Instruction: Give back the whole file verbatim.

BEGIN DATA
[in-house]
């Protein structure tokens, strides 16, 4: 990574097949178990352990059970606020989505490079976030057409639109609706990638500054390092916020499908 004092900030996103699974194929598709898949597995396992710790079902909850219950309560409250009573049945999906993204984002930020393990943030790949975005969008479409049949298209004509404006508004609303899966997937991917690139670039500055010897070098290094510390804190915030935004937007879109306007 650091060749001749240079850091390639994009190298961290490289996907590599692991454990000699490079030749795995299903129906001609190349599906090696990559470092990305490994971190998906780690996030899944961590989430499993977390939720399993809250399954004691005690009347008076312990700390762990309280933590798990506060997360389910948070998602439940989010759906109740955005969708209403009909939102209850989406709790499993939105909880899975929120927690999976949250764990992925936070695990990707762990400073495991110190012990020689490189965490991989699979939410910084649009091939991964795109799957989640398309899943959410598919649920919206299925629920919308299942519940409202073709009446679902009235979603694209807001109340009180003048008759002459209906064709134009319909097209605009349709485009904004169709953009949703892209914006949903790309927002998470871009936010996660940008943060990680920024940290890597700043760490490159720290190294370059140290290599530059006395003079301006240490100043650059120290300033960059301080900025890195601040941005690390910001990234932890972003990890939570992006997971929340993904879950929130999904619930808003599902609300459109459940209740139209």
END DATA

[in-house]
């Protein structure tokens, strides 16, 4: 990574097949178990352990059970606020989505490079976030057409639109609706990638500054390092916020499908 004092900030996103699974194929598709898949597995396992710790079902909850219950309560409250009573049945999906993204984002930020393990943030790949975005969008479409049949298209004509404006508004609303899966997937991917690139670039500055010897070098290094510390804190915030935004937007879109306007 650091060749001749240079850091390639994009190298961290490289996907590599692991454990000699490079030749795995299903129906001609190349599906090696990559470092990305490994971190998906780690996030899944961590989430499993977390939720399993809250399954004691005690009347008076312990700390762990309280933590798990506060997360389910948070998602439940989010759906109740955005969708209403009909939102209850989406709790499993939105909880899975929120927690999976949250764990992925936070695990990707762990400073495991110190012990020689490189965490991989699979939410910084649009091939991964795109799957989640398309899943959410598919649920919206299925629920919308299942519940409202073709009446679902009235979603694209807001109340009180003048008759002459209906064709134009319909097209605009349709485009904004169709953009949703892209914006949903790309927002998470871009936010996660940008943060990680920024940290890597700043760490490159720290190294370059140290290599530059006395003079301006240490100043650059120290300033960059301080900025890195601040941005690390910001990234932890972003990890939570992006997971929340993904879950929130999904619930808003599902609300459109459940209740139209």